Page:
The keenly awaited monthly Nielsen poll of 1400 respondents has Labor’s two-party lead down just slightly to 56-44 from 57-43 a month ago. Likewise, Labor’s primary vote is down a point to 45 per cent and the Coalition’s is up one to 38 per cent. Kevin Rudd’s approval rating is down three points to 68 per cent and his disapproval is up five to 28 per cent. Malcolm Turnbull’s approval is up two points to 37 per cent, and his disapproval is steady on 53 per cent. Rudd’s lead as preferred prime minister has narrowed marginally from 69-23 to 68-22. Michelle Grattan provides further details on responses to asylum seeker policies:

As the effort to persuade the 78 Sri Lankans on the Oceanic Viking to disembark in Indonesia continues, 47 per cent of Australians disapprove of how the Prime Minister is handling the asylum-seeker issue; 45 per cent approve … Nearly two-thirds of Coalition voters disapproved, compared with one-third of Labor voters and just over half the Greens supporters … just 13 per cent thought the Government’s asylum-seeker policy was too harsh; 37 per cent said it was about right. Only 6 per cent of Coalition voters and 14 per cent of ALP voters said the policies were too hard. Labor voters were more than twice as likely to rate the policies too soft as too harsh. Nearly four in 10 Greens voters said they were too harsh.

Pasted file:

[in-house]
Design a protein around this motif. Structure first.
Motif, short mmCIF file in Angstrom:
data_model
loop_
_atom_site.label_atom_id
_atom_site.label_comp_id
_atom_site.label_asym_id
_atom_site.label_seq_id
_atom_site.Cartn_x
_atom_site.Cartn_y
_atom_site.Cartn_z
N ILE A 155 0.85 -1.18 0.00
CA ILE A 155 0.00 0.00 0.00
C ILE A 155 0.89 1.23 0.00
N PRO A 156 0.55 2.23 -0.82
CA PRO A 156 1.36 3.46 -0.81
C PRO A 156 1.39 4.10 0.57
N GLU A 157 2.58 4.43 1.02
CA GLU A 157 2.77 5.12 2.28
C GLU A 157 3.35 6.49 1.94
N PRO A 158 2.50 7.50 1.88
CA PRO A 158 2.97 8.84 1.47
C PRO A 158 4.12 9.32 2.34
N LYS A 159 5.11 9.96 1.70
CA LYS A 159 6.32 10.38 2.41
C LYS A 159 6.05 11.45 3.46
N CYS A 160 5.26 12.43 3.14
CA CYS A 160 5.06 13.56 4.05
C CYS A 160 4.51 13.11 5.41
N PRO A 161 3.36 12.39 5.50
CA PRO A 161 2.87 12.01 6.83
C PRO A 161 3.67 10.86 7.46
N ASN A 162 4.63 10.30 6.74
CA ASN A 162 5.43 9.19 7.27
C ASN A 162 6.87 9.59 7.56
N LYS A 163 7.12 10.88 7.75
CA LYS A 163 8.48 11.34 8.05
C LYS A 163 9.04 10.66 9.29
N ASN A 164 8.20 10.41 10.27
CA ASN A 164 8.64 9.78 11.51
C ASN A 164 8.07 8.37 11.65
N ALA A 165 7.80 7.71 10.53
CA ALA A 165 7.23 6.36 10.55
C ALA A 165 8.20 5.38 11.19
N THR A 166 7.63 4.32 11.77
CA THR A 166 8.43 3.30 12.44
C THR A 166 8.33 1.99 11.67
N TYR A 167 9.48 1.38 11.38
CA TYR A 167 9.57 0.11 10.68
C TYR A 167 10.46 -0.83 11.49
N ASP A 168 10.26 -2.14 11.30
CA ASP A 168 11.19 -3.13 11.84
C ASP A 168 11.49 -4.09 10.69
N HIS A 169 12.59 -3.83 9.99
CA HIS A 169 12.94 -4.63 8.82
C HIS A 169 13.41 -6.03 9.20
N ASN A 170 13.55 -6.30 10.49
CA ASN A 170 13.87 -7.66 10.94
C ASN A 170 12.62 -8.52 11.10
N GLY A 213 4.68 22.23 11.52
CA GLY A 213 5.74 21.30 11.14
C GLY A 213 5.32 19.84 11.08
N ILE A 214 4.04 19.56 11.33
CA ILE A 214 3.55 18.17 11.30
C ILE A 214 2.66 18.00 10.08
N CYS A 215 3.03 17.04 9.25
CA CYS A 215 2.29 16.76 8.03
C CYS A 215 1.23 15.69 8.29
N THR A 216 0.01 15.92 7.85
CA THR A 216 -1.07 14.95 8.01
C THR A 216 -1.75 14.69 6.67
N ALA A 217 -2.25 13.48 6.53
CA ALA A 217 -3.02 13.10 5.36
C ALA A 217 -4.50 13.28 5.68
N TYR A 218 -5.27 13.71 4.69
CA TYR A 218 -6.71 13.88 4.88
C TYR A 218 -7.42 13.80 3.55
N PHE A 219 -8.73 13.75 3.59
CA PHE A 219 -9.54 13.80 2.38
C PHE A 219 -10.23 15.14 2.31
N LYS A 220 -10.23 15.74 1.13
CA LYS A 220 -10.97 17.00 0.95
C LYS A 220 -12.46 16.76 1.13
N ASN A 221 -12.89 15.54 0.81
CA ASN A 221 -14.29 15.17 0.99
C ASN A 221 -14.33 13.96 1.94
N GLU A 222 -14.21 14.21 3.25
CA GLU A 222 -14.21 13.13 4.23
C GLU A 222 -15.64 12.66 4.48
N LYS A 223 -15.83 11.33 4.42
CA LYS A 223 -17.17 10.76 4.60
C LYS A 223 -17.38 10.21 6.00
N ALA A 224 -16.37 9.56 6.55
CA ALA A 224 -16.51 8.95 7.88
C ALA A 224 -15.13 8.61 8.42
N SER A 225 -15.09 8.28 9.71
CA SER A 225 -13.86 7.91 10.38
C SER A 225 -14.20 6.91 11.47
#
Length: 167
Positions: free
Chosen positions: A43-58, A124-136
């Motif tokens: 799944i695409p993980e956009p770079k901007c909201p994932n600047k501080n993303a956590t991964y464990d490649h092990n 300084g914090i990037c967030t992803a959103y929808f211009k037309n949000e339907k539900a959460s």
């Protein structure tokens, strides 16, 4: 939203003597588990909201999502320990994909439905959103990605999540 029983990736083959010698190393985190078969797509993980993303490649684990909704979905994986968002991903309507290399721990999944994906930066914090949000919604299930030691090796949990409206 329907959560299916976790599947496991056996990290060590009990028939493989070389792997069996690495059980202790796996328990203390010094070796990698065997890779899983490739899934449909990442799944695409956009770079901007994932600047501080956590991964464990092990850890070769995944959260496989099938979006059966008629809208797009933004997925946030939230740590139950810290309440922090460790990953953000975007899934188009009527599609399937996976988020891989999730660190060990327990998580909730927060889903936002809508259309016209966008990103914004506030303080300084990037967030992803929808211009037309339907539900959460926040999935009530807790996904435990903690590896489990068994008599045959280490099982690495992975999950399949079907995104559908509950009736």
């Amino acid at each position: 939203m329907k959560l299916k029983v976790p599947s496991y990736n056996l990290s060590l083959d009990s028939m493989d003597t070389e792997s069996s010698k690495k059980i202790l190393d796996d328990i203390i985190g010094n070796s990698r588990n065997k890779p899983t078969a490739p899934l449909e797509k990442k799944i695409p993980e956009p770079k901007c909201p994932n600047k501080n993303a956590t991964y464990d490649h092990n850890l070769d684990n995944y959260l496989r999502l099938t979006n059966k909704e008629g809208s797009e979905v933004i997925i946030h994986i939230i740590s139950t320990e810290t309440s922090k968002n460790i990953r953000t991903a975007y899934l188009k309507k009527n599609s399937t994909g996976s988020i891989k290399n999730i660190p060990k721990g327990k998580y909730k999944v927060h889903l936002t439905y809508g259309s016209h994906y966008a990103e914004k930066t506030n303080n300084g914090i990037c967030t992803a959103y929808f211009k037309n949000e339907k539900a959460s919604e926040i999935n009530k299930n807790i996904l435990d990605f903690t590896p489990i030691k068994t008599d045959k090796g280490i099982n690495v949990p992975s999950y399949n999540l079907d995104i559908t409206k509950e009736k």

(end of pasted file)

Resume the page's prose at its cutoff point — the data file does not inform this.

UPDATE: The Australian offers results from that follow-up Newspoll we’ve been hearing about, but at this stage at least there are no figures on voting intention. It instead focuses on attitudes to asylum seeker policy, with results that largely echo those of last week’s Essential Research survey: 53 per cent disapprove of the government’s handling of the issue against 31 per cent approve, but only 22 per cent believe the Coalition would do a better job against 21 per cent for Labor. Forty-six per cent believe the government’s response has been too soft against 16 per cent too hard.

UPDATE 2: Essential Research: 59-41, i.e. unchanged on the last few weeks. However, Rudd’s approval ratings have taken a hit. Further questions on interest rates and yet another one on whether the government’s asylum seeker policies are tough, weak or just right.